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COURSE NUMBER: ENGL 387
COURSE TITLE: Stealing Past the Watchful Dragons: History and Practice of Allegory
NAME OF INSTRUCTOR: Dr Arlette Zinck
CREDIT WEIGHT AND WEEKLY TIME DISTRIBUTION: credits 3(hrs lect 3 - hrs sem 0 - hrs lab 0)
COURSE DESCRIPTION: This course will study allegory and its power through selected readings. It will begin with a study of constituent elements and engagement with the assumptions underlying the allegorical tradition in biblical hermeneutics. The course will trace the form through the Latin fathers, Prudentius and Dante's justification of the form for non-sacred literature.

Prerequisites: ENGL 215
REQUIRED TEXTS:
  • Copies of the works we will study this term are available on the class moodle site and at the campus bookstore. The designated editions are required. Below are the three booksavailable at the bookstore.
  • Spenser, Edmund. The Faerie Queene. Ed. A.C. Hamilton.
  • Bunyan, John. The Pilgrim’s Progress. Ed. Roger Pooley.
  • Lewis, C. S. The Lion, The Witch and the Wardrobe.
MARK DISTRIBUTION IN PERCENT:
Essay 30%
In class presentation 25%
Terms and Definitions Tests & Reading Quizzes15%
Final Exam 30%
100%
COURSE OBJECTIVES: What gives imaginative literature its power to move us? What is it about a symbolic story in particular that allows it to – in C.S. Lewis’s words -- ‘steal past the watchful dragons’ of our rational intellect and touch the emotional core of our being? In this course we will try to answer this question as we study the mode of allegory and experience its power in selected readings. This course will begin with the mechanics of the form and progress toward a reading of allegories from selected time periods and themes. It will begin with a study of constituent elements: at the heart of the allegorical form are humble literary tropes. It will also engage with the assumptions that underlie the allegorical tradition in biblical hermeneutic, trace the form through the Latin father, Prudentius and Dante’s justification of the form for non-sacred literature, and finally see how all of these things come together in the allegories selected for our course. As we will discover, allegory is about learning to see the abstract, the complex, and the extraordinary in the concrete, the simple and the everyday. It is training in the fine art ofseeing magic.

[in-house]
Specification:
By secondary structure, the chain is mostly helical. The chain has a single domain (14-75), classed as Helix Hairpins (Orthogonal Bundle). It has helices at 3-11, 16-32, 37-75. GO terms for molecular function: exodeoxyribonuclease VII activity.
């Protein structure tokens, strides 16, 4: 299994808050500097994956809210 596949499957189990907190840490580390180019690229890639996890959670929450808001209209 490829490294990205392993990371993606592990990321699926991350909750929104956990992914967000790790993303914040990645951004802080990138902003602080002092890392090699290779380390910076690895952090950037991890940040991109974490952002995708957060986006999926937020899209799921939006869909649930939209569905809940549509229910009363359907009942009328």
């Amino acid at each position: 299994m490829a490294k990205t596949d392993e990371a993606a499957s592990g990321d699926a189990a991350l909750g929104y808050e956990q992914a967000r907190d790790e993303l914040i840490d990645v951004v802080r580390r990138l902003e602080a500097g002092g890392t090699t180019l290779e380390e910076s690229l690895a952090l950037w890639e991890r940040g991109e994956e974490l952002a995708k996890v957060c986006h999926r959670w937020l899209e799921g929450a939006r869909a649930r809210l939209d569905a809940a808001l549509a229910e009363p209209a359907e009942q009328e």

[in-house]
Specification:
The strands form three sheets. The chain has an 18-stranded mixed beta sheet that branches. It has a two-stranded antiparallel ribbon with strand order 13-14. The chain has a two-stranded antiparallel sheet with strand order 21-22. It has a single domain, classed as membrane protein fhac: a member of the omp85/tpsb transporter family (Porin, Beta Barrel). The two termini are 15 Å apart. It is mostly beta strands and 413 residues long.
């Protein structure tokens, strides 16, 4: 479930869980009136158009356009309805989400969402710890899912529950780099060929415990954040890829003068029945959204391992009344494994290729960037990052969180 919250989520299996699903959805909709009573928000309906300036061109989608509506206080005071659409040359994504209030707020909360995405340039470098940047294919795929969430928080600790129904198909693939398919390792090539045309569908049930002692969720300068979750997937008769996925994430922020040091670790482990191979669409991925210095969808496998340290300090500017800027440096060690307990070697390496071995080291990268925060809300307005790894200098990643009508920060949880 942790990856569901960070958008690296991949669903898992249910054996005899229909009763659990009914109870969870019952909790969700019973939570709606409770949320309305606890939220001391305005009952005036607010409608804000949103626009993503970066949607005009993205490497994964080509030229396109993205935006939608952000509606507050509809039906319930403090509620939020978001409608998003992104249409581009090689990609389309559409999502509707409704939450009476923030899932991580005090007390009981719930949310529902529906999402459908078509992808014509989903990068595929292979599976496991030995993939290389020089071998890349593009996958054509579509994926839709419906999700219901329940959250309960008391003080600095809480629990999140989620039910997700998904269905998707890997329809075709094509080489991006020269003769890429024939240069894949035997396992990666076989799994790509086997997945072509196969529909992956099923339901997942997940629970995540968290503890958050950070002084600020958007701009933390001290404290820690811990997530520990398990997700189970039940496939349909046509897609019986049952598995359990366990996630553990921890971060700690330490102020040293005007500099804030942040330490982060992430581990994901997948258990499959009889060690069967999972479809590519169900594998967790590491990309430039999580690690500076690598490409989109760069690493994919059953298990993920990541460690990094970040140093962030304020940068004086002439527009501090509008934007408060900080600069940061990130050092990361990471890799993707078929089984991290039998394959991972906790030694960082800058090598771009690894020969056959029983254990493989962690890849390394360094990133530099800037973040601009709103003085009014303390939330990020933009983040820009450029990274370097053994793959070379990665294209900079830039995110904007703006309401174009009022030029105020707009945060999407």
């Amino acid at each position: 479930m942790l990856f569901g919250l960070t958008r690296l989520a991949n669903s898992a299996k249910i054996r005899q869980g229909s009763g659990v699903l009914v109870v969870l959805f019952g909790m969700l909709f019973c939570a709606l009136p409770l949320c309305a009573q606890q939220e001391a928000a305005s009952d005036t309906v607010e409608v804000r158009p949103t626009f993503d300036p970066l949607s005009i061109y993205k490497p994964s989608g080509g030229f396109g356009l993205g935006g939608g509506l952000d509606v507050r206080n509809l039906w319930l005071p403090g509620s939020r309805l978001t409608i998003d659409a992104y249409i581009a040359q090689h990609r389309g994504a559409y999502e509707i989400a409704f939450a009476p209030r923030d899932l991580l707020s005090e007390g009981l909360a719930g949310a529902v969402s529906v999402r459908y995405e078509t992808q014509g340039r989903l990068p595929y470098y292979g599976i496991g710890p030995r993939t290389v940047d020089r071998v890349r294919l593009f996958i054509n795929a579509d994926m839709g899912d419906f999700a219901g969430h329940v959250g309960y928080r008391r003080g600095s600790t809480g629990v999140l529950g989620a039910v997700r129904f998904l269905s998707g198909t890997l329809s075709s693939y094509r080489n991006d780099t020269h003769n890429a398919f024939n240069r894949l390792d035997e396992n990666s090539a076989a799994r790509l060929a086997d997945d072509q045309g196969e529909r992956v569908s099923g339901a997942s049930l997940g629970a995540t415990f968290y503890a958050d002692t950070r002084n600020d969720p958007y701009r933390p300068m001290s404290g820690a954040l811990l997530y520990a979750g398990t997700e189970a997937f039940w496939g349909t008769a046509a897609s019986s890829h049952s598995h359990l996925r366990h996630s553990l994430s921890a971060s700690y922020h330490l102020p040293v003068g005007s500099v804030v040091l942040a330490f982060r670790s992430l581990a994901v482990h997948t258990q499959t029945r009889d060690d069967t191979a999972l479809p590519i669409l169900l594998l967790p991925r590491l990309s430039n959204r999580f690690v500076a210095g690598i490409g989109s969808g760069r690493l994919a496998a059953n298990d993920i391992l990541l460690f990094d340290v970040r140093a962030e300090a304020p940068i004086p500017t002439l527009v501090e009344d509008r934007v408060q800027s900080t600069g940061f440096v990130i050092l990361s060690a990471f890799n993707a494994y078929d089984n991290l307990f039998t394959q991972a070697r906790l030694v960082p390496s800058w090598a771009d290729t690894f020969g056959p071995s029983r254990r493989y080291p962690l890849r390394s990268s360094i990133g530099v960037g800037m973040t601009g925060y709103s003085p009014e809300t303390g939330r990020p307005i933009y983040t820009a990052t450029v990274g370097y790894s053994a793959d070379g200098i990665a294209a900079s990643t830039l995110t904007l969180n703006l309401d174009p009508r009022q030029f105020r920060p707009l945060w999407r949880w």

COURSE OUTLINE: January:
  • 6. An Introduction to the Course
  • 8. Keynote Lecture: Allegory or “other” speaking
  • 13. Biblical (Pauline) Allegoresis. Galatians 4:21-31
  • 15. Latin Allegory: Prudentius’s Psychomachia
  • 20. Class Cancelled
  • 22. Psychomachia
  • 27. Dante’s Letter to Can Grande
February:
  • 3. Geoffrey Chaucer’s The Pardoner’s Tale
  • 5. Edmund Spenser’s The Faerie Queene
  • 10. FQ Book One
  • 12. FQ Book One
  • 17. Reading Week
  • 19. Reading Week
  • 24. FQ Book Two
  • 26. FQ Book Two
March:
  • 3. FQ Book Three In-Class Presentation #1
  • 5. FQ Book Three In-Class Presentation #2
  • 10. John Bunyan’s The Pilgrim’s Progress
  • 12. PP Part One *Essay Due
  • 17. PP Part One In-Class Presentation #3
  • 19. PP Part One In-Class Presentation #4
  • 24. PP Part Two In-Class Presentation #5
  • 26. PP Part Two In-Class Presentation #6
  • 31. PP Part Two In-Class Presentation #7
April
  • 2. C.S. Lewis The Lion, The Witch and the Wardrobe
  • 7. LW&W In-Class Presentation #8
  • 9. LW&W In-Class Presentation #9
  • 14. LW&W In-Class Presentation #10
  • 16. Review


Required texts, assignments, and grade distributions may vary from one offering of this course to the next. Please consult the course instructor for up to date details.

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